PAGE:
Developing an ICO Project in Russia Can Cost as Little as $1,500
The average cost to develop an ICO project in Russia is hovering around $18,000 USD but the price can go down to as little as $1,500, according to a study that explores the market for such services. The hourly rate for a blockchain developer is averaging a little over $44, the authors found after surveying 60 companies.
Also read: Malta Tops Exchange-Based Crypto Trade, Russia Leads in OTC Volume
Elaborate Projects Can Reach $50,000 USD
If you’ve ever wondered how much it would cost to create a project to raise funds through an Initial Coin Offering (ICO), a Russian rating agency focused on the web development sector has prepared an estimate that you may find interesting. True, it’s based on what’s currently offered in Russia but in the global village, and especially in the crypto space, outsourcing shouldn’t be a problem.
According to the study conducted by Ratingratingov.ru, the development of an ICO project in Russia costs between 100,000 rubles (~$1,500) and 3.3 million rubles (~$50,000 USD), Insider Pro reported. The agency has contacted 60 companies working in the field to collect and summarize pricing and other data and listed the top 15 firms offering this type of services in the local market.
The researchers found that the average price tag for these orders, the blockchain and web development part, is 1.2 million rubles (almost $18,000), not counting marketing and legal expenses. At the same time, a blockchain programmer makes over 2,990 rubles (~$44 USD) an hour, a wage that far exceeds the remuneration of most Russian employees. The median monthly salary in the country is about 42,000 rubles, or $660 dollars.
The companies in the survey have been ranked using a formula that assesses the size and quality of their portfolio and the experience of their teams. The number of successful projects, team members, and years of market presence are all taken into account.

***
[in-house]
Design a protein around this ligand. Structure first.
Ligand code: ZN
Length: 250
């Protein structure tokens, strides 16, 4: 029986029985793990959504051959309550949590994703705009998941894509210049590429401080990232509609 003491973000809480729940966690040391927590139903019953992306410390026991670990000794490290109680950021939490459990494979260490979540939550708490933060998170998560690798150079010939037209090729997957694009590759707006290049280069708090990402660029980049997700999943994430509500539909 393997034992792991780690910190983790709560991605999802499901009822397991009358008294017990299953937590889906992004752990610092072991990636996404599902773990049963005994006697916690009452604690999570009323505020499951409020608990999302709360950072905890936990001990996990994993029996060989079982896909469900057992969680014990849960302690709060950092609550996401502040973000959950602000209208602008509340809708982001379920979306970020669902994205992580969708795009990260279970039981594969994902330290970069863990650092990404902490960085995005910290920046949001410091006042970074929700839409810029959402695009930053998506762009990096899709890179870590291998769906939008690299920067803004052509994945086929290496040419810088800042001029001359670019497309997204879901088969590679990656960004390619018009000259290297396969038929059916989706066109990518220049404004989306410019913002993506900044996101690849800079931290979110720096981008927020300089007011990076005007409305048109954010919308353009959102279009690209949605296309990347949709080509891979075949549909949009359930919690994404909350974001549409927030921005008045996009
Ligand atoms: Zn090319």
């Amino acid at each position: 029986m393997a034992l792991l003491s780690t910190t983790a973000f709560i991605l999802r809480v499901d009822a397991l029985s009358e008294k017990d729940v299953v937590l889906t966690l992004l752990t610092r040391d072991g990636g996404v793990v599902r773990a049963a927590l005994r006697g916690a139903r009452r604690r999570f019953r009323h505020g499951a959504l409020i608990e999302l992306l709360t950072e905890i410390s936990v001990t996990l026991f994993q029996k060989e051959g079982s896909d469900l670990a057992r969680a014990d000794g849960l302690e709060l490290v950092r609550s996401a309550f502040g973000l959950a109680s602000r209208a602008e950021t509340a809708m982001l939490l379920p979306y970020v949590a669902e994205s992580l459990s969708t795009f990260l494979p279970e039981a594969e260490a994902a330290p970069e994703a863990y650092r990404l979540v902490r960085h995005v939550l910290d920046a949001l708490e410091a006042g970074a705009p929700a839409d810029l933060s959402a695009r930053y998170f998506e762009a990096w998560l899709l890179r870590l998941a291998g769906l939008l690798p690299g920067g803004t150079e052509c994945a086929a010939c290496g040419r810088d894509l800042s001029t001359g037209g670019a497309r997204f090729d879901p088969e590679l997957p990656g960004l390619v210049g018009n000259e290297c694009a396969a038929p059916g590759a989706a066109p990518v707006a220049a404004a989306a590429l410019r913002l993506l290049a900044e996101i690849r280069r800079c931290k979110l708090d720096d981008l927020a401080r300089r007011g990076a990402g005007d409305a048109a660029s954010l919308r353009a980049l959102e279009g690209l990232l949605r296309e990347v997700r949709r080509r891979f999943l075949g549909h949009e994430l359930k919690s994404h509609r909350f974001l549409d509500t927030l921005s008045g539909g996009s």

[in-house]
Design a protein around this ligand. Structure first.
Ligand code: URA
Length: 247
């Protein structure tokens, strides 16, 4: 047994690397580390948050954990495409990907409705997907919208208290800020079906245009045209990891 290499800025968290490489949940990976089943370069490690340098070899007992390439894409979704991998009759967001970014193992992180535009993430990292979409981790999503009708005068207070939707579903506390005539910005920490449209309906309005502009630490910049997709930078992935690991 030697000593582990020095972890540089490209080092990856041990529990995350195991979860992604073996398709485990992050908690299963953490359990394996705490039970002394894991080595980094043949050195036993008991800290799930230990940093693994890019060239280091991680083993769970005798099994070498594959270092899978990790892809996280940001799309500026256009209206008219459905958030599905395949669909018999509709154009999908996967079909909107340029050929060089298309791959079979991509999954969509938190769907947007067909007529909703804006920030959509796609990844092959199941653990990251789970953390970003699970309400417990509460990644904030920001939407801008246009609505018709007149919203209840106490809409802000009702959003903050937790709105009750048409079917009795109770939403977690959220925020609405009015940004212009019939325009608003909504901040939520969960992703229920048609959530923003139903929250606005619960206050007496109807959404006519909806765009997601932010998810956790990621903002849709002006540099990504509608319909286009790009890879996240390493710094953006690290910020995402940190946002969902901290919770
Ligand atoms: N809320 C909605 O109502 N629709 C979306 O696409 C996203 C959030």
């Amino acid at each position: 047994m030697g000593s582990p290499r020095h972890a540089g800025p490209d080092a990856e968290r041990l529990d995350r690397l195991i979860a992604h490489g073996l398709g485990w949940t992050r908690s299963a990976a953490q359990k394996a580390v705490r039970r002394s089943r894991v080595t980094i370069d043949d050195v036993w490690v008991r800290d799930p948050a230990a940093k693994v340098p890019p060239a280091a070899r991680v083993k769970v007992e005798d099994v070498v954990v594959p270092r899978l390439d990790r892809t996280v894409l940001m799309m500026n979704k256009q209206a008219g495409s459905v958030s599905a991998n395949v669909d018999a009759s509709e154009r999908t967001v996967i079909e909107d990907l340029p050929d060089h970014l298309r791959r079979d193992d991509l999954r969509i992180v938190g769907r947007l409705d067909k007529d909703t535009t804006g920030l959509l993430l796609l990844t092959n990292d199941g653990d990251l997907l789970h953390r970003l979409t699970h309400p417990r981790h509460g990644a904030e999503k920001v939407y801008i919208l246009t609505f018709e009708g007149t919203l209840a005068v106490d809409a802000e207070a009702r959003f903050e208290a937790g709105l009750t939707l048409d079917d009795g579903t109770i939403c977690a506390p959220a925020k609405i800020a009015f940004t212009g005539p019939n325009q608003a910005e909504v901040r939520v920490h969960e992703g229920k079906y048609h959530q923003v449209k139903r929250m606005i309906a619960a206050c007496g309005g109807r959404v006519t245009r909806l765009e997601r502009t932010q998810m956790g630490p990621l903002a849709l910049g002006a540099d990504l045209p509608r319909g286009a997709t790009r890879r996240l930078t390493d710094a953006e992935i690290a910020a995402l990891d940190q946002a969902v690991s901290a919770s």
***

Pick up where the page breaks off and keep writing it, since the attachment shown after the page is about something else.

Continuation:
Size Matters When It Comes to ICO Development in Russia
The compiled data shows that size does matter in this business in Russia. The first two firms in the chart, Smartym Pro and Ruformat, each have between 30 and 50 employees and are operating since 2008 and 2012 respectively. The next two, Zerion and Axioma Group, have hired between 10 and 30 professionals and are in the market since 2016 and 2009.
Companies failing to meet a set of criteria, like those that do not specialize precisely in blockchain development and ICOs, don’t have a portfolio with linked projects published on their website, are not included in the shortlist prepared by the agency.
Ratingratingov’s, well, rating has been published after in July the Russian Association of Cryptocurrencies and Blockchain (RACIB) announced a whitelist of businesses offering crypto-related products and services. It is available on the association’s website.
RACIB considers crowdfunding through coin offerings a promising industry that can potentially bring substantial foreign capital to Russia. It has been pushing for the adoption of favorable regulations along its efforts to cleanse the sector of fraudulent enterprises. The Russian State Duma is expected to review the revamped draft crypto legislation during its fall session.
According to a recent study, the Russian Federation has hosted six of the top 100 ICO projects. Another report published earlier this year claims that startups with Russian participation have already raised $310 million USD.
What’s your opinion about the costs of developing an ICO project in Russia? Share your thoughts on the subject in the comments section below.
Images courtesy of Shutterstock, Ratingratingov.ru.
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